by Doug McClure
HARDWICK – At its August 18 meeting, the select board heard positive funding news about the pedestrian bridge project and took steps toward getting things underway. The board also re-allocated funds for the Downtown Commission to continue the necessary preparations for Hardwick to apply for a Downtown Designation. With another officer leaving Hardwick Police Department, Town Manager Jon Jewett asked the board for permission to start investigating contracting a part-time officer from another department.
Detective Kevin Lehoe will be departing, Jewett said, which was “shortening an already short staff.” Covering the overnight shift is now putting significant strain on its remaining officers. Jewett warned that “we could lose more officers, which I expect there’s a likelihood [of].” He said he spoke with the state’s attorneys’ office, and Hardwick was not unique in this position.
Jewett wanted to investigate which other departments could assist and how much it would cost. Chief Aaron Cochran previously said he did not think it would be less expensive than hiring more officers.
Small police departments are struggling to hire officers from a shrinking pool of potential applicants. Jewett said the most likely first contact would be the Lamoille County Sheriff’s Department. The board authorized him to do the research.
Jewett also had announcements about grants for the pedestrian bridge. He said the town’s application for $200,000 from the USDA for its Rural Business Development Grant was successful, which came on the heels of a $175,000 Community Facilities Grant, also through the USDA. The town has a match on the grants, and with these grants secured now has a solid start for what the funding picture looks like, chair Eric Remick said. Remick said that he was also looking at a VTrans Transportation Alternatives grant, which is focused on alternative transportation for Vermont towns.
The board approved funds to begin surveying and other preparatory work for the bridge site. Engineering Ventures of Burlington and LandWorks, LLC will begin working on a scope of services for architectural and engineering work. Stowe-based Little River Survey, LLC, will produce a survey of the site. The town’s regular surveying company does not do topographical surveying. Aside from obtaining topographical information, the survey will also help establish flood parameters. The total cost for the work to be done by the three firms is around $22,000, which the board approved.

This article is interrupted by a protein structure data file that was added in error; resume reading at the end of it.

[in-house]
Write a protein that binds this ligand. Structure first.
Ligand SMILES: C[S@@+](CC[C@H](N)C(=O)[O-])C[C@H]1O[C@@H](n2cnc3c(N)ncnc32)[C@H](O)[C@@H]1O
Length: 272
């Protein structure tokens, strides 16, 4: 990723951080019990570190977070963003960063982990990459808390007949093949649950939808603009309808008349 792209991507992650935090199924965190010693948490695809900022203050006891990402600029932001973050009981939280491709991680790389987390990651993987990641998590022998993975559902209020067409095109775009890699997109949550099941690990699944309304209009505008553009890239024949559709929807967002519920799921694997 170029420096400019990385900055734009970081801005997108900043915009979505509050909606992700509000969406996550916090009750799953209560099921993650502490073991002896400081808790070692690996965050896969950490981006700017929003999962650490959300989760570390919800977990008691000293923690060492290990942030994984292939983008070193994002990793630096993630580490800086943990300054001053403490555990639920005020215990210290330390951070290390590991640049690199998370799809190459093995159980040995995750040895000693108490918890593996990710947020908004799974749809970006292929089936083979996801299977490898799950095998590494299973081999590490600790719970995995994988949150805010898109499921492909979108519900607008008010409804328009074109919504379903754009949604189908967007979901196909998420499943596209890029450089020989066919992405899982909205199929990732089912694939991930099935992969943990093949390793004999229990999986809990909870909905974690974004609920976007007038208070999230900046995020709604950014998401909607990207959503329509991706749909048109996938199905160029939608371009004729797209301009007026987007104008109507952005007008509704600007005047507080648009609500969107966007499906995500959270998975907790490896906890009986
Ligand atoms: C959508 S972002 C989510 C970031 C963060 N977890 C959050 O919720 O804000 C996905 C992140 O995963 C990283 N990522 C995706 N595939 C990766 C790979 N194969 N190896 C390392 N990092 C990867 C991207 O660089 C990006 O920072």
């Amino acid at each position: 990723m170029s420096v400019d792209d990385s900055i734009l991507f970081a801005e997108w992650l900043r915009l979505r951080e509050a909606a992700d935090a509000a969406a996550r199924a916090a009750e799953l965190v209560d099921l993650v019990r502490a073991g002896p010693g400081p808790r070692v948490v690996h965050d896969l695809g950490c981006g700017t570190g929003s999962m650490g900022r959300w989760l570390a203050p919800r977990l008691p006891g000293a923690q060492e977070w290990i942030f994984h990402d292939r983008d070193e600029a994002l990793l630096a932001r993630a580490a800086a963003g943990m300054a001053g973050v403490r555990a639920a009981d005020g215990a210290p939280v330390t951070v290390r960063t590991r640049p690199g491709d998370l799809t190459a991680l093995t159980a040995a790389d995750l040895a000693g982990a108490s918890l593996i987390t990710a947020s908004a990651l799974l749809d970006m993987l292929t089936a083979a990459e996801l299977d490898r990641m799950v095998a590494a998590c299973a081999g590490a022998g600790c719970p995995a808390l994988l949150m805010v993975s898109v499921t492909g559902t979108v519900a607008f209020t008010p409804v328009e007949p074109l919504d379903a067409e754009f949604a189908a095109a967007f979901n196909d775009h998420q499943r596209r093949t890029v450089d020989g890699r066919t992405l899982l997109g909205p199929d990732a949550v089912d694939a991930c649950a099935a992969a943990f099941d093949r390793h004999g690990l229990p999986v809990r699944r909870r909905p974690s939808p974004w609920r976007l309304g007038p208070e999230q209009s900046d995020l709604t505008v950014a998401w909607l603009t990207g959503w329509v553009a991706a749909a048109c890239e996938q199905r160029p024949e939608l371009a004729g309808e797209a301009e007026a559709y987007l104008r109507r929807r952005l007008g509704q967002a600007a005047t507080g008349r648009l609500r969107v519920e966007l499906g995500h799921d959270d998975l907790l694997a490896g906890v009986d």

The Downtown Commission is working to meet state requirements for Hardwick to receive a Downtown Designation, one of which is forming a non-profit corporation. Select board and commission member Shari Cornish is working on that step, but total legal costs are still unclear. Cornish estimated $5,000, but said it could be less. Vice chair Ceilidh Galloway-Kane said she wished the amount could be more specific. The board decided that with Community Development Coordinator Geoff Sewake working very few hours at present, allocating $2,500 from his funding would be a good course of action. Remick said he wanted to make sure the funds were not drained in case further grant-writing was needed.
Another potential grant opportunity Remick and others are working on is through the Vermont Outdoor Recreation Economic Collaborative (VOREC). VOREC grants are designed to promote the recreation economy. Remick said several opportunities existed in anticipation of the Lamoille Valley Rail Trail’s (LVRT) opening next year. He cited a rest stop in East Hardwick, a connection to the Hardwick Trails from the LVRT, and a potential connection to Hazen Union’s planned bike repair program.
The board appointed Bill Chidsey as its town energy coordinator. The town has done little to establish more than structural pieces for the role thus far, with Remick noting “we don’t have a slate of things for the energy coordinator to do.”
Chidsey described himself as “a practical person,” and a “hands-on leader that likes to be right in there and get things done.”
While stating he is “not against fossil fuels,” Chidsey said “I just don’t like to waste money, or energy, or precious resources. I knew there are energy committees where there is more of a climate change political direction, and I support that. But I tend to be more on the practical side.”